The first thing I thought when I woke up on November 9th was that I may not survive his presidency. I wanted to tell myself I was overreacting or caught up in the emotion of this loss, but I couldn’t. I knew that Donald Trump may kill me, and very few people care or even realize that disabled people aren’t just “at risk” now (we’ve always been at risk). We are under direct attack.
Next year I turn 26, which is the magical age where insurance companies say you can no longer possibly be dependent upon your parents. Within the Affordable Care Act, there is a small, not well known provision that allows me to remain on my Dad’s health insurance as a “disabled dependent.” Without health insurance, I would not be able to afford any of my medications except for prednisone. That is one of 13 prescription medicines I take, plus a monthly infusion of iron & benlysta (modified chemo) that totals $21,000 a pop.
If Donald Trump and Paul Ryan has his way, the ACA and that crucial provision will be repealed in the first year of this new Congress.
My only other option is Medicaid, but you have to be on SSDI for a year before you’re eligible. I’m 8 months into my application process, which could take as long as 2 more years to complete. That means possibly 3 years without health insurance.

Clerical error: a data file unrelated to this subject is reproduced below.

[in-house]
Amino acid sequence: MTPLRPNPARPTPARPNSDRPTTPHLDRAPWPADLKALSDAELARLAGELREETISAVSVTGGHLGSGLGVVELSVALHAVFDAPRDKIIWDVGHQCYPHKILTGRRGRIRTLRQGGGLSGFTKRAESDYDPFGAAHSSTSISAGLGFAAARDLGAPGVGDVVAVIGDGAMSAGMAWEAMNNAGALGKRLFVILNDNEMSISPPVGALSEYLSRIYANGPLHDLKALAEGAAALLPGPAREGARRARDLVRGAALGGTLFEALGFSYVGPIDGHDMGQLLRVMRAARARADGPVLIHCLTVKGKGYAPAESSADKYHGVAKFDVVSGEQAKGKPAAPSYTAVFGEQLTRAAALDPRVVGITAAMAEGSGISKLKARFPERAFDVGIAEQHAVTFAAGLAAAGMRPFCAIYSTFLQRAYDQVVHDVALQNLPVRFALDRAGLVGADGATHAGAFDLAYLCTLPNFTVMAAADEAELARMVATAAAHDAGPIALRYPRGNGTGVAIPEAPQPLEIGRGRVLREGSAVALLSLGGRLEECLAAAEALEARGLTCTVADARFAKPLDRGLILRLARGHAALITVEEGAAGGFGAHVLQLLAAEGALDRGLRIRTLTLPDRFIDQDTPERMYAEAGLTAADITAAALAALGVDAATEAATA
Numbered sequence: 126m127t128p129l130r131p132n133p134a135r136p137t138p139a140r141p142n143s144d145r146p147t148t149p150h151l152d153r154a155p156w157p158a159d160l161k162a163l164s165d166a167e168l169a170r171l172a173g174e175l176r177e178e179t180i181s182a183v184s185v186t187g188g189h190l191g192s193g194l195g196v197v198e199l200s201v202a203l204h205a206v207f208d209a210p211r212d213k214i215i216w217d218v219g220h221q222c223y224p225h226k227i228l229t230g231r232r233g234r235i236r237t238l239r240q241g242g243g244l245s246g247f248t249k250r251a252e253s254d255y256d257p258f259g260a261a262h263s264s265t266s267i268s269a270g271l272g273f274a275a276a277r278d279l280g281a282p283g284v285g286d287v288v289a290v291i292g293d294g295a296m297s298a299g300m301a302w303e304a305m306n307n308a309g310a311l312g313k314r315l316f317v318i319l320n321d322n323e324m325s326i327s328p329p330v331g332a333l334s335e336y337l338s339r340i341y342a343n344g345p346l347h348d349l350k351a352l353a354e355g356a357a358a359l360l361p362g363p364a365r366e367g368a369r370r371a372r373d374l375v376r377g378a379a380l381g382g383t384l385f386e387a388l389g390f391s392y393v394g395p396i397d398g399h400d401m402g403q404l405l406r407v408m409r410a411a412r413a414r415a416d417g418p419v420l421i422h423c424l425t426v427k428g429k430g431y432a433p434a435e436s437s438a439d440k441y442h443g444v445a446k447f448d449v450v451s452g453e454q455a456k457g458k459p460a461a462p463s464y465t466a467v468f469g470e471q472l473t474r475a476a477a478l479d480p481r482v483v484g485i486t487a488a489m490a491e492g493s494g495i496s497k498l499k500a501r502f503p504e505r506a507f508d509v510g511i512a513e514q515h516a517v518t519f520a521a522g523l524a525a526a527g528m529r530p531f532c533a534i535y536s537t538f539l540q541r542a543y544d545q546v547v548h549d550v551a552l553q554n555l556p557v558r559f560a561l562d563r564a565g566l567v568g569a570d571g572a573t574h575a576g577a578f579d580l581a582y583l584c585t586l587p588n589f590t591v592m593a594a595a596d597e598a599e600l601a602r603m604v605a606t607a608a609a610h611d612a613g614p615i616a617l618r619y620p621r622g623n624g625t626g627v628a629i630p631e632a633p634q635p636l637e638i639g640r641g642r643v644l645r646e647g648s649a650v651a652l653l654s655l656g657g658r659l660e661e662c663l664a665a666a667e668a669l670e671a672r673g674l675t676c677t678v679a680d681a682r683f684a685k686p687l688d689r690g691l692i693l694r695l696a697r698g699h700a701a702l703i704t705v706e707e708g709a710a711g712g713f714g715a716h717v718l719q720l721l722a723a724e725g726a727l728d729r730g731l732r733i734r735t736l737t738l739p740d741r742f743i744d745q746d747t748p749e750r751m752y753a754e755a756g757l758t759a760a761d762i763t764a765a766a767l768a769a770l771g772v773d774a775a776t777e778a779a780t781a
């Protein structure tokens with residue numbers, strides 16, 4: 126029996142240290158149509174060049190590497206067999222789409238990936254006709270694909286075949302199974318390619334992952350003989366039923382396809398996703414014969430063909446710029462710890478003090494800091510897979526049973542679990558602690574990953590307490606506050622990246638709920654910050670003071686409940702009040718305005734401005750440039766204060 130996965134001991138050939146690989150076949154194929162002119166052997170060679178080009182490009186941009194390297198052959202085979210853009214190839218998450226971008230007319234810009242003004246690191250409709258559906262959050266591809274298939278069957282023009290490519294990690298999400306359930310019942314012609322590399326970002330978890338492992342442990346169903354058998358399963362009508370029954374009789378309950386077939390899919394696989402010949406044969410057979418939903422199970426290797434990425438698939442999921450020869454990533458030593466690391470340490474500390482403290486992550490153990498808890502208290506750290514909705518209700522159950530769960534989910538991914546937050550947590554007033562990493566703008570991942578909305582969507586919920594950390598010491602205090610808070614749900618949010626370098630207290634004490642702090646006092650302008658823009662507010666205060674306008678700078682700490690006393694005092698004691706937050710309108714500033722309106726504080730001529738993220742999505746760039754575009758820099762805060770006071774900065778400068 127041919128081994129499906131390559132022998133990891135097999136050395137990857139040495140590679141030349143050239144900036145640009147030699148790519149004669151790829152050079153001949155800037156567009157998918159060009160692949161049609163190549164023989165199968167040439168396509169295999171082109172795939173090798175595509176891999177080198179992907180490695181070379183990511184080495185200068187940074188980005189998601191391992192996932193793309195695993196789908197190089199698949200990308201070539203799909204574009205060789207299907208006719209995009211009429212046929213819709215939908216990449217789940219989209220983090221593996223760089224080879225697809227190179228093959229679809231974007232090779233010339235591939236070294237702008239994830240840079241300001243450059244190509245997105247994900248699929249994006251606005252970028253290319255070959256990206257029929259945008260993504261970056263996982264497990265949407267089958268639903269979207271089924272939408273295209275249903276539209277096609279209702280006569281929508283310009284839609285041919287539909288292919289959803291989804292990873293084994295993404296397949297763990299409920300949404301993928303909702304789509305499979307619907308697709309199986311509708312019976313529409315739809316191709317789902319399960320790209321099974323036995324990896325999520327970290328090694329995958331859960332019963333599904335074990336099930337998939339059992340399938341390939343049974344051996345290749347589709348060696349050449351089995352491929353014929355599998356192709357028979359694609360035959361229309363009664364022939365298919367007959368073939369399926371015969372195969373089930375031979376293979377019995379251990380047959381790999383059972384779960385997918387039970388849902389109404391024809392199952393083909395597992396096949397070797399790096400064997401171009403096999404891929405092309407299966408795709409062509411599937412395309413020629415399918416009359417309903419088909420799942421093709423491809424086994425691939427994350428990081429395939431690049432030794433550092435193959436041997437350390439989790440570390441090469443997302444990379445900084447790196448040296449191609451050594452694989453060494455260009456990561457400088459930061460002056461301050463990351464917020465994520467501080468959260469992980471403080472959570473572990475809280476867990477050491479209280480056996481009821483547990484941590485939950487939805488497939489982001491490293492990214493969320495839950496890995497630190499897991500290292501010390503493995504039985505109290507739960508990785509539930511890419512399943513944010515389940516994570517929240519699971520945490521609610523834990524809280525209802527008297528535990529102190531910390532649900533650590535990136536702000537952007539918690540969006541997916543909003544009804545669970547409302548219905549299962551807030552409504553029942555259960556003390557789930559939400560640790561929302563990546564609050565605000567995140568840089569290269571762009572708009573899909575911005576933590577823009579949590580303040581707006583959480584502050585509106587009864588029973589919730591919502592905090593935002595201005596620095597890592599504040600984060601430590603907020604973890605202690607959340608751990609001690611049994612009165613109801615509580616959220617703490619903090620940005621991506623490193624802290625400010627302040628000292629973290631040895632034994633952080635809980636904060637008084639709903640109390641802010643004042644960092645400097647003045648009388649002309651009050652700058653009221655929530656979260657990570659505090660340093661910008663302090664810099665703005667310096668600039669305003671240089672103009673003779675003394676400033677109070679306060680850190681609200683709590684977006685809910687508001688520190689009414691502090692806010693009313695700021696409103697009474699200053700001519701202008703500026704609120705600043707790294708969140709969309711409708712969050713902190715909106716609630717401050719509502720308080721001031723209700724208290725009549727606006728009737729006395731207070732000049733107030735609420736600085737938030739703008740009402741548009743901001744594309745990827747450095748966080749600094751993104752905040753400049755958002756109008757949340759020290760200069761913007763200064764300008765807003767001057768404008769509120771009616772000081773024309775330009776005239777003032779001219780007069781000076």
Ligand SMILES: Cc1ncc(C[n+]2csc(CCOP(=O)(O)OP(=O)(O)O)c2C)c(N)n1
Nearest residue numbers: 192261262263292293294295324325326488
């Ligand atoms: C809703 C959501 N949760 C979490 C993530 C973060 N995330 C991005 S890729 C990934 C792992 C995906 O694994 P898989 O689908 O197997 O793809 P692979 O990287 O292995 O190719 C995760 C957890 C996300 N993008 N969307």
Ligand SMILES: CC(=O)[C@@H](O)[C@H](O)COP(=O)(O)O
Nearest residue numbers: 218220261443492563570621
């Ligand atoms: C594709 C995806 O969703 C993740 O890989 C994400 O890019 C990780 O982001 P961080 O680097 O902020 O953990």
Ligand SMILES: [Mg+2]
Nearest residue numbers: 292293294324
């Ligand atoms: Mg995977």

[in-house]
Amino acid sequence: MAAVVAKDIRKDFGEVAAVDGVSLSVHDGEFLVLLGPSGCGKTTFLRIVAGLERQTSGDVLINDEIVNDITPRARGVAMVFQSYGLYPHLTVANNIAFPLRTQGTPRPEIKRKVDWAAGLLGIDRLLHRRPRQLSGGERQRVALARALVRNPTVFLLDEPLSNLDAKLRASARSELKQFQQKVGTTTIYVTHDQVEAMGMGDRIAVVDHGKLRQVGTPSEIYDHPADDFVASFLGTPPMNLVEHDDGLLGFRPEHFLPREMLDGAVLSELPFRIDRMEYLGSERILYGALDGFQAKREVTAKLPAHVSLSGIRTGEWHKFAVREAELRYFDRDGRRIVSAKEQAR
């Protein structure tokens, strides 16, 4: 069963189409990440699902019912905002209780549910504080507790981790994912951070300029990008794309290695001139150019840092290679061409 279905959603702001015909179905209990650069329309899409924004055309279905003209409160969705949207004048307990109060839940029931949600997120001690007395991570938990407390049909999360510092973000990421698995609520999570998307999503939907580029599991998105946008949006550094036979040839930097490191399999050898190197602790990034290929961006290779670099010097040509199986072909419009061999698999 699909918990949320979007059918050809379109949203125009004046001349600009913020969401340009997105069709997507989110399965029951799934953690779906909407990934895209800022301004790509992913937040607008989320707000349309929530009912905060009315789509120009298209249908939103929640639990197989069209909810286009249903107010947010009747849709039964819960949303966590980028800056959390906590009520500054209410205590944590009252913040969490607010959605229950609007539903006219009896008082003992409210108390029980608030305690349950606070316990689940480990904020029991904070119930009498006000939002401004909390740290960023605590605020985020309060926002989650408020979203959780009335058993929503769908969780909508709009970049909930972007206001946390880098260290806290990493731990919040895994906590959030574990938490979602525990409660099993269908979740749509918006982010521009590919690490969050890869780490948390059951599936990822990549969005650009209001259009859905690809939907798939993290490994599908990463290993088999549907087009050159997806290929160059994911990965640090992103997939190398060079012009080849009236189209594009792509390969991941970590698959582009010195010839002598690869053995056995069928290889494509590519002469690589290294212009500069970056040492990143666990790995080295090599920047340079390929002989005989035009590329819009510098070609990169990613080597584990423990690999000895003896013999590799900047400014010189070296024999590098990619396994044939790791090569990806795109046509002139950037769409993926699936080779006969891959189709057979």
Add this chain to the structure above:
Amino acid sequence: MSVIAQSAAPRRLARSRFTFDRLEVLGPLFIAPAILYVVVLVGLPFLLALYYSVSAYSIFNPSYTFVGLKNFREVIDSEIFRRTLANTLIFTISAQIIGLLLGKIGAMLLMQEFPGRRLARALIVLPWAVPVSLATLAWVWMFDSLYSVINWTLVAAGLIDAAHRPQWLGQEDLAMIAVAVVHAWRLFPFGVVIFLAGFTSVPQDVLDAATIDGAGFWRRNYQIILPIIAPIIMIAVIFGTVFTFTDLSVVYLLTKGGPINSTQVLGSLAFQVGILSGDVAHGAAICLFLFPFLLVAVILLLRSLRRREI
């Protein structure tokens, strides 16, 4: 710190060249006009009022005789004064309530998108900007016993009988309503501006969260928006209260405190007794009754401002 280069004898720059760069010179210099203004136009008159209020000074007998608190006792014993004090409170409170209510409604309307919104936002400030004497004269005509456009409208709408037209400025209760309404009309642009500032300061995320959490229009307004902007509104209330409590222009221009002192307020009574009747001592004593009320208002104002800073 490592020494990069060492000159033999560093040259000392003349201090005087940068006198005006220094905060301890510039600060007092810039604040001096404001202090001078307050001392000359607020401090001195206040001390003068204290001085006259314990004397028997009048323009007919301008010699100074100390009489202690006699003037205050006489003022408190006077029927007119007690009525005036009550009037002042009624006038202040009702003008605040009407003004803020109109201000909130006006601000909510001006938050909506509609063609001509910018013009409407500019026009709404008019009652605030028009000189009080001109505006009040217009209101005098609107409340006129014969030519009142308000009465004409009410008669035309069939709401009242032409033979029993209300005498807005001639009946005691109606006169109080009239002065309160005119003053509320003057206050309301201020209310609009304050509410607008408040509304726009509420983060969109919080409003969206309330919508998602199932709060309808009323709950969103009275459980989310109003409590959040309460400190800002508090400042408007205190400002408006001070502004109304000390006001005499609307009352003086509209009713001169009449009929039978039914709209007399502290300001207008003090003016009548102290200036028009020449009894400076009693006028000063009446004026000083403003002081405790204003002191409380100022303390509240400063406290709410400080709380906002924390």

Even this backup plan is in peril. Our new government is rabidly anti-welfare and has pledged to cut funding to Medicaid or dispose of it altogether if they can.
Understand, I won’t just be in pain or laid up without my medicines. I won’t have just arthritis or mobility problems. I won’t just be uncomfortable. Like many of my disabled friends, I will die. Again: I will die. It will be slow, and it will be painful, but the end result will be the same. And I am among some of the most secure and privileged disabled people in this country.
So this is a call to everyone (and I mean everyone):
Don’t forget about us. Don’t forget about us when you’re advocating for reproductive rights, civil rights, social justice, and environmental protection. Disabled lives intersect all of those. We need your help. We need you to fight with us and for us at every turn because we are among the most vulnerable in society.
Taken from a personal Facebook post I made November 30, 2016 in response to this article. Featured image is from a series by Tom Olins in 1990 during a protest for accessible transportation in Atlanta. You can see more here.